Background: Localization of general medical inpatient teams is an attractive way to improve inpatient care but has not been adequately studied.
Objective: To evaluate the impact of localizing general medical teams to a single nursing unit.
Design: Quasi-experimental study using historical and concurrent controls.
Setting: A 490-bed academic medical center in the midwestern United States.
Patients: Adult, general medical patients, other than those with sickle cell disease, admitted to medical teams staffed by a hospitalist and a physician assistant (PA).
Intervention: Localization of patients assigned to 2 teams to a single nursing unit.
Measurements: Length of stay (LOS), 30-day risk of readmission, charges, pages to teams, encounters, relative value units (RVUs), and steps walked by PAs.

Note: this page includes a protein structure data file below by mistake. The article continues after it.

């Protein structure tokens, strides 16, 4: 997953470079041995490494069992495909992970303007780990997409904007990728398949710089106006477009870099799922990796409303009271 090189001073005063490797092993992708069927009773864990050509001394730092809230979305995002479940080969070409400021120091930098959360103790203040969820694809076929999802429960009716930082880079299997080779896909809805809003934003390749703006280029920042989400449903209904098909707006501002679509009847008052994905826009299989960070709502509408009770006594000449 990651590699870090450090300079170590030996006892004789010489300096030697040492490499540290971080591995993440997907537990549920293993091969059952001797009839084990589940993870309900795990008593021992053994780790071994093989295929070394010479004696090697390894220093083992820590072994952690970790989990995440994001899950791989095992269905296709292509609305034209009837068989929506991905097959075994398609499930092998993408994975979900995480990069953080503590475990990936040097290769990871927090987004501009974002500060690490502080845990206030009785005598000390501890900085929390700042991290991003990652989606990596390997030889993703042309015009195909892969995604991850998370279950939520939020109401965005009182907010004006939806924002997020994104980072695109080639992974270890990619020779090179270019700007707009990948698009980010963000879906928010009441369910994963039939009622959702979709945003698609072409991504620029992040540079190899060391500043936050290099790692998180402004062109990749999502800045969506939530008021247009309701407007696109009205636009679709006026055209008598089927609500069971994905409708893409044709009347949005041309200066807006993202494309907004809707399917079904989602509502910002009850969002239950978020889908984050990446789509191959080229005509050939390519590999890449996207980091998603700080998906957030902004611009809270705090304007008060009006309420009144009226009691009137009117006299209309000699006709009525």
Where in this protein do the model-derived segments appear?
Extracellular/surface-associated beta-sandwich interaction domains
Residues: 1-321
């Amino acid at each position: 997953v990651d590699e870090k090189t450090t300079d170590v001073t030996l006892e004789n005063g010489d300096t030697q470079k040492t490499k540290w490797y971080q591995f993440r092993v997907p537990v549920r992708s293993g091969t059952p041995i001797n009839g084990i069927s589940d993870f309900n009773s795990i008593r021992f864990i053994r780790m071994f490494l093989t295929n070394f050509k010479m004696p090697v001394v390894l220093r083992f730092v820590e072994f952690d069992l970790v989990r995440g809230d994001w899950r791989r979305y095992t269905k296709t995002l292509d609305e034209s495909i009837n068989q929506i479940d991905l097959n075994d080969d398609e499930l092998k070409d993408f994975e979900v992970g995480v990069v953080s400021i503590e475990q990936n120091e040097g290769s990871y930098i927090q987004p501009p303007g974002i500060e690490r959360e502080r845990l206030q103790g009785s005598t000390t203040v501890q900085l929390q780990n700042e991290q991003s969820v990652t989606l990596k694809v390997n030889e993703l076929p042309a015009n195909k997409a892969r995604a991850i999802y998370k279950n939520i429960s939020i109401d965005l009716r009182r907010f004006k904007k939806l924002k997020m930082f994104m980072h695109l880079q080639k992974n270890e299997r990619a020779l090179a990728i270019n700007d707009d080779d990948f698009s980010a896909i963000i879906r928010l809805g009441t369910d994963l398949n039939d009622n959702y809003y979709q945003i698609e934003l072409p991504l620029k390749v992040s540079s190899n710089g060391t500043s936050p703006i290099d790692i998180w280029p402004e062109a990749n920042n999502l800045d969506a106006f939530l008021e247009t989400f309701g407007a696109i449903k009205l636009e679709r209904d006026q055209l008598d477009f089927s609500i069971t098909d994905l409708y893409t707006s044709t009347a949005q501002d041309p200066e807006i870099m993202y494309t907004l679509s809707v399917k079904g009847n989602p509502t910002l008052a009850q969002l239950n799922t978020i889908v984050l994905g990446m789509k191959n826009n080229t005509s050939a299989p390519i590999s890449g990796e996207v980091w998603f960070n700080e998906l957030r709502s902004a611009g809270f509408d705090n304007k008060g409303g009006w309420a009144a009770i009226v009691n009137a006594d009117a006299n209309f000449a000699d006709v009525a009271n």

Results: Localized teams had 0.89 (95% confidence interval [CI], 0.37-1.41) more patient encounters and generated 2.20 more RVUs per day (CI, 1.10-3.29) compared to historical controls; and 1.02 (CI, 0.46-1.58) more patient encounters and generated 1.36 more RVUs per day (CI, 0.17-2.55) compared to concurrent controls. Localized teams received 51% (CI, 48-54) fewer pages during the workday. LOS may have been approximately 10% higher for localized teams. Risk of readmission within 30 days and charges incurred were no different. PAs possibly walked fewer steps while localized.
Conclusion: Localization of medical teams led to higher productivity and better workflow, but did not significantly impact readmissions or charges. It may have had an unintended negative impact on hospital efficiency; this finding deserves further study.
Copyright © 2012 Society of Hospital Medicine.